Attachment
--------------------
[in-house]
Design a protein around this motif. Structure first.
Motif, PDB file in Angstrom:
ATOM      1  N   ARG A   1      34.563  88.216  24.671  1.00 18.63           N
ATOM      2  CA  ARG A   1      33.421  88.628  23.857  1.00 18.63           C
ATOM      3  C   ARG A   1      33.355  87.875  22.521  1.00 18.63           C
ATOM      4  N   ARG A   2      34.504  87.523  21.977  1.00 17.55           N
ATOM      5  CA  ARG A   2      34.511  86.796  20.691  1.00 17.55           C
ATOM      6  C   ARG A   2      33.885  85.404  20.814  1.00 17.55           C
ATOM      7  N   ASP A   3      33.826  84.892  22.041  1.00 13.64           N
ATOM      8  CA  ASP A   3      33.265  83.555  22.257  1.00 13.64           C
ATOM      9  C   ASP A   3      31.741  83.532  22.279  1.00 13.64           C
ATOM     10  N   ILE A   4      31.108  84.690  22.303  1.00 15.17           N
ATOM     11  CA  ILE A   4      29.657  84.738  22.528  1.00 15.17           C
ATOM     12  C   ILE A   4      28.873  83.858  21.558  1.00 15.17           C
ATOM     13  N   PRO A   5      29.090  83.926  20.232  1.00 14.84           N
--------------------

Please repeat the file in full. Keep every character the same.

[in-house]
Design a protein around this motif. Structure first.
Motif, PDB file in Angstrom:
ATOM      1  N   ARG A   1      34.563  88.216  24.671  1.00 18.63           N
ATOM      2  CA  ARG A   1      33.421  88.628  23.857  1.00 18.63           C
ATOM      3  C   ARG A   1      33.355  87.875  22.521  1.00 18.63           C
ATOM      4  N   ARG A   2      34.504  87.523  21.977  1.00 17.55           N
ATOM      5  CA  ARG A   2      34.511  86.796  20.691  1.00 17.55           C
ATOM      6  C   ARG A   2      33.885  85.404  20.814  1.00 17.55           C
ATOM      7  N   ASP A   3      33.826  84.892  22.041  1.00 13.64           N
ATOM      8  CA  ASP A   3      33.265  83.555  22.257  1.00 13.64           C
ATOM      9  C   ASP A   3      31.741  83.532  22.279  1.00 13.64           C
ATOM     10  N   ILE A   4      31.108  84.690  22.303  1.00 15.17           N
ATOM     11  CA  ILE A   4      29.657  84.738  22.528  1.00 15.17           C
ATOM     12  C   ILE A   4      28.873  83.858  21.558  1.00 15.17           C
ATOM     13  N   PRO A   5      29.090  83.926  20.232  1.00 14.84           N